Center Field: Say No to Rabbis for Obama

By Gil Troy, Jerusalem Post, 11-17-08

Now that the American election is over and this will not seem to be a partisan attack, it is time to ask whether it was appropriate for hundreds of rabbis to launch an unprecedented organization, “Rabbis for Obama.” The organization’s founding letter, which over four hundred rabbis signed, said: “We join together as rabbis who believe that Barack Obama is the best candidate of the United States, and we do so in the belief that he will best support the issues important to us in the Jewish community.”

This initiative constituted a clear attempt to give a rabbinic hechsher – stamp of approval — to Barack Obama. There is nothing wrong with a rabbi, as an American citizen, choosing to endorse a candidate. But there is something unseemly about rabbis pooling their theological and spiritual authority as rabbis to boost a particular politician.

For starters, this kind of politicking seems remarkably insensitive to congregants who may support a rival candidate. Congregations hire rabbis for their pastoral skills not for their political stands. For rabbis to join together, as spiritual leaders, in the service of a politician is to try transferring authority granted by congregants in one realm into another realm. Taking this kind of stand with other rabbis seems to risk importing political conflict from the streets into the synagogue.

Usually when rabbis, professors, and corporate leaders sign advocacy advertisements, they put in the boilerplate admonition that the institutional affiliation is for identification purposes. This posture is a constructive charade. It at least acknowledges the questions of propriety surrounding the action and attempts to defend the institution and all its members from being defined by its leader’s actions. Rabbis for Obama did the opposite, trying to build credibility based on the collective power all these rabbis derived from their institutions and their congregants. Like it or not, they implicated their congregants in their actions.

It is difficult to see the issue clearly, especially now, with Obamania in full swing. Undoubtedly, these rabbis are feeling vindicated, heroic – and happily anticipating invitations to four, maybe even eight, annual White House Chanukkah parties.

But what if 400 rabbis had come out in favor of California’s Proposition 8, advancing the state constitutional amendment banning gay marriage? Theologically, the rabbis would have been on stronger ground, considering that the Bible actually addresses questions of homosexuality (but has nothing to say about Barack Obama’s strengths or weaknesses). And what if most of those rabbis had been ministering to overwhelmingly liberal congregations or congregations filled with gay couples? If offended congregants tried firing any of these rabbis against gay marriage would any of the Rabbis for Obama have been willing to defend them?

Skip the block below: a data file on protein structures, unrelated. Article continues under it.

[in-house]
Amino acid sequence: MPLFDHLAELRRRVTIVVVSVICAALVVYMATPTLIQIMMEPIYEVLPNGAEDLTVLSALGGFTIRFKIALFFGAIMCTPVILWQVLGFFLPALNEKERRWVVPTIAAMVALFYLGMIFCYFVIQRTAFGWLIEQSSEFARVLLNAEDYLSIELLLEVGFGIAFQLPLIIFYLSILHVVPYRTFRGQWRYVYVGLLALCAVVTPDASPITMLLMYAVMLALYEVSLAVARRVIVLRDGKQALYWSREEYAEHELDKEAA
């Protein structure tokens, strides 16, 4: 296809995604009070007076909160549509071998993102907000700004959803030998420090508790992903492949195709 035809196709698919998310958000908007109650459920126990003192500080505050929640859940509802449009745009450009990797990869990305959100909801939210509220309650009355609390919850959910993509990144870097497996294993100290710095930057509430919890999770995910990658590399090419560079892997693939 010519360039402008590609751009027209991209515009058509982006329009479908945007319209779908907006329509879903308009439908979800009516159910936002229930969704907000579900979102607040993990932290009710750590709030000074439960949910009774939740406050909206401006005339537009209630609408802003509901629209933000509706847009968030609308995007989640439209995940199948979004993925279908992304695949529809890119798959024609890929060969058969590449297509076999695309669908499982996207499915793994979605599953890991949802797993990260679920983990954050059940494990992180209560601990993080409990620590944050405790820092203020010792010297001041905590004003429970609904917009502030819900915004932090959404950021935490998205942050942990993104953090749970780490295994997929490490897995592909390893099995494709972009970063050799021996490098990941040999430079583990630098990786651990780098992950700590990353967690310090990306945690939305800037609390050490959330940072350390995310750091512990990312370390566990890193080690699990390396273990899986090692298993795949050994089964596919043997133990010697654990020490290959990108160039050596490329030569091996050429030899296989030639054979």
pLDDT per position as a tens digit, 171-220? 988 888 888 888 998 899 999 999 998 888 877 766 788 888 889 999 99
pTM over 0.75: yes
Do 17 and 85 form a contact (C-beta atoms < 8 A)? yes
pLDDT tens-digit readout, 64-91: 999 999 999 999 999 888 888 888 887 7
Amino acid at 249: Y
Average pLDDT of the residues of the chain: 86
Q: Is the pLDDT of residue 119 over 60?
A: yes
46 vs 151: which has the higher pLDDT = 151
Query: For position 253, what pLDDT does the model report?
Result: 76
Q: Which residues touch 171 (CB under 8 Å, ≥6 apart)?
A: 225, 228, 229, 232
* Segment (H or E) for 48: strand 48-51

I know of a congregation which fired its rabbi when she opposed gays’ ordination in the Conservative movement. Members of the congregation felt blindsided because the rabbi had not informed them beforehand of the stand she was going to take. And the congregants were particularly distressed because the rabbi’s opposition created an insurmountable barrier between her, as a theological leader, and a lesbian couple in the congregation.

This is not a free speech issue. The rabbis could have joined a Jews for Obama or Citizens for Obama group with no questions asked. This is, however, a separation of church and state issue. While separation of church and state, constitutionally, only refers to avoiding government support or control of particular religions, American Jews have been in the forefront of the movement to insulate politics from religion as much as possible. It is particularly hypocritical for liberal Jews, who have spent years railing against Evangelical Christians who blur the line between church and state, to now indulge in the same conceit, deploying God in the service of political power.

In fact, Rabbis for Obama clarifies what most liberals mean when they object to religion intruding on politics – they usually mean religion advancing the wrong political positions. Liberals appalled by the right-wing Moral Majority in 1980, did not criticize the Reverend Doctor Martin Luther King, Jr., for so brilliantly applying his spiritual powers to advance the Civil Rights revolution. King obviously did a world of good, and would not have been as effective as just a social activist. But the perpetual abuse of rabbinic authority for cheap political gains in Israel offers proof that, acknowledging the King exception, it is best for rabbis to be a bit more discrete when playing politics.

In our cynical but careerist world, the credibility we derive from our professional standing is a potent yet fragile commodity. At a time when so many congregants are among what we could call the Jewishly vulnerable – not as solid in their identities as their parents and grandparents were – rabbis have to be particularly careful to preserve their authority. With all due respect to the historic nature of the 2008 election, and Barack Obama’s undeniable charismatic appeal, it seems a shame that hundreds of leading American rabbis chose to set this kind of precedent. American Jewish leaders need all the credibility they can muster – and they need to focus their energies as much as they can on the many Jewish issues bewitching the community, leaving politics for their leisure hours without muddying their professional, spiritual, pursuits.

Gil Troy is Professor of History at McGill University and a Visiting Scholar at the Bipartisan Policy Center in Montreal. The author of Why I Am A Zionist: Israel, Jewish Identity, and the Challenges of Today,  his latest book is Leading from the Center: Why Moderates Make the Best Presidents.

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